I wrote a regular expression in hope that I will be able to replace every match (that is just one char) to upper case char. I am using EditPad Pro (however I am willing to use any other tool that would allow me to do this, as long as it is free to try, since I only need to do this once).

Background: I have a very long text file used by a case sensitive application, and some words start with lower case instead of upper case char, thus crashing the application. This would take very long to do by hand, and it would be quite complicated to do without regular expressions because the occurrence of the (evil) lower case char is very specific.

I have written the select regular expression and now I can use it with a backreference ($1 works just fine) however I can't make it replace with upper case char. I thought something like \u$1 would work, however it doesn't in EditPad Pro.

If no free tool allows me to do this, I guess the alternative would be to just do it in C# however I am in a bit of a hurry and not near a compiler, so I'd have to download the express edition first, so ... It would be preferable to find a tool that supports such a feature!

Thank you!

  • 3
    Is this question more suited to Superuser? – georgiecasey Jul 24 '12 at 20:36

TextPad will allow you to perform this operation.


test this sentence

Find what: \([^ ]*\) \(.*\) Replace with: \U\1\E \2

the \U will cause all following chars to be upper

the \E will turn off the \U

the result will be:

TEST this sentence
  • 16
    Is there a way to perform this operation in .NET Regex (without using ToUpper)? – Shimmy Weitzhandler Oct 27 '11 at 10:52
  • 38
    Works in notepad++ as well. – Shawn Sep 6 '13 at 15:15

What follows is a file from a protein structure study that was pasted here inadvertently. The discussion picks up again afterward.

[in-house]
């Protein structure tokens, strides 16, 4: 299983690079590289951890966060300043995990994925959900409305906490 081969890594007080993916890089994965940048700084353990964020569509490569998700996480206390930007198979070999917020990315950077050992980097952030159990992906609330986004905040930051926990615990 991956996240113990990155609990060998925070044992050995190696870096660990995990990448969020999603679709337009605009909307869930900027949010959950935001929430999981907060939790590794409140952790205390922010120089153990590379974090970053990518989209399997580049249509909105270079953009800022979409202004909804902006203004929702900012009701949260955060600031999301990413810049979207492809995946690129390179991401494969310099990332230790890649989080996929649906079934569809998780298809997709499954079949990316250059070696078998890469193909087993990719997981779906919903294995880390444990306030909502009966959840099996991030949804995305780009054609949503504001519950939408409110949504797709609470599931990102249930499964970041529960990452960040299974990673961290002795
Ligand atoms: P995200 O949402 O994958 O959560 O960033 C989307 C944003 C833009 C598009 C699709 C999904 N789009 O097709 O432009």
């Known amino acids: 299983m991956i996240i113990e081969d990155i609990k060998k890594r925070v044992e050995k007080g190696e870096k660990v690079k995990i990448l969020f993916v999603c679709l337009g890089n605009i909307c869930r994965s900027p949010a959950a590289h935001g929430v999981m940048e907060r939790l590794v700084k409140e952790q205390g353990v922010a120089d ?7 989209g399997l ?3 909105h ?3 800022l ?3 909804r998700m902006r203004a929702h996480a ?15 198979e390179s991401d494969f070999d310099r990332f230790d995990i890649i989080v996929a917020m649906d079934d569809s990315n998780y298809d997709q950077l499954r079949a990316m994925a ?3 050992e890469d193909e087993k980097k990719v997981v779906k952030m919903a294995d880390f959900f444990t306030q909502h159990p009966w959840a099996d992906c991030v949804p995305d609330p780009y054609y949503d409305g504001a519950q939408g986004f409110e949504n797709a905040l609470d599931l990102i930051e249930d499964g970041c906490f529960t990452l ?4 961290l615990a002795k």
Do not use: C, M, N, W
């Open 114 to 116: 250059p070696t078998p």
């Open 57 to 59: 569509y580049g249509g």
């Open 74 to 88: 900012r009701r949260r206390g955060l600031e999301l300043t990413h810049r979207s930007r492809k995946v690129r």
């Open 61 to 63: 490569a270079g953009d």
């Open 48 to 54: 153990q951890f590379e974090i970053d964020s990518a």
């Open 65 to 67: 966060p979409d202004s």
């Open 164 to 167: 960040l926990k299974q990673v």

• 42
    \U$1\E in Sublime Text – Qwerty May 28 '14 at 15:31
  • 5
    In Notepad++ find should be (.*) and replace should be \U$1 – ubiquibacon Jun 26 '15 at 20:38
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    Works in PHPStorm too. I had the opposite requirement though. I had to replace all uppercase attribute values (from probably '90s HTML) to lower case. Using \L$1\E worked. – Ejaz Feb 7 '16 at 14:27

I know this thread is about EditPad Pro, but I came here because I had the same need with a javascript regexp.

For the people who are here needing the same tip, you can use a function or lambda as the replace argument.

I use the function below to convert css names with - to the javascript equivalent, for example, "border-top" will be transformed into "borderTop":

    s = s.replace(/\-[a-z]/g, x => x[1].toUpperCase());

EditPad Pro and PowerGREP have a unique feature that allows you to change the case of the backreference. \U1 inserts the first backreference in uppercase, \L1 in lowercase and \F1 with the first character in uppercase and the remainder in lowercase. Finally, \I1 inserts it with the first letter of each word capitalized, and the other letters in lowercase.

Source: Goyvaerts, Jan (2006). Regular Expressions: The Complete Tutorial. Lulu.com. p. 35. ISBN 1411677609. Google Books. Retrieved on June 25, 2010.


You can do this in jEdit, by using the "Return value of a BeanShell snippet" option in jEdit's find and replace dialog. Just search for " [a-z]" and replace it by " _0.toUpperCase()" (without quotes)

  • 1
    Your response is not really related to the initial question, but I found it while googling and was exactly what I was looking for. Awesome, thanks! – adietisheim Apr 4 '12 at 21:41

You can also capitalize the first letter of the match using \I1 and \I2 etc instead of $1 and $2.


Just an another ussage example for Notepad++ (regular expression search mode)

Find: (g|c|u|d)(et|reate|pdate|elete)_(.)([^\s (]+)
Replace: \U\1\E$2\U\3\E$4


get_user -> GetUser
create_user -> CreateUser
update_user -> UpdateUser
delete_user -> DeleteUser

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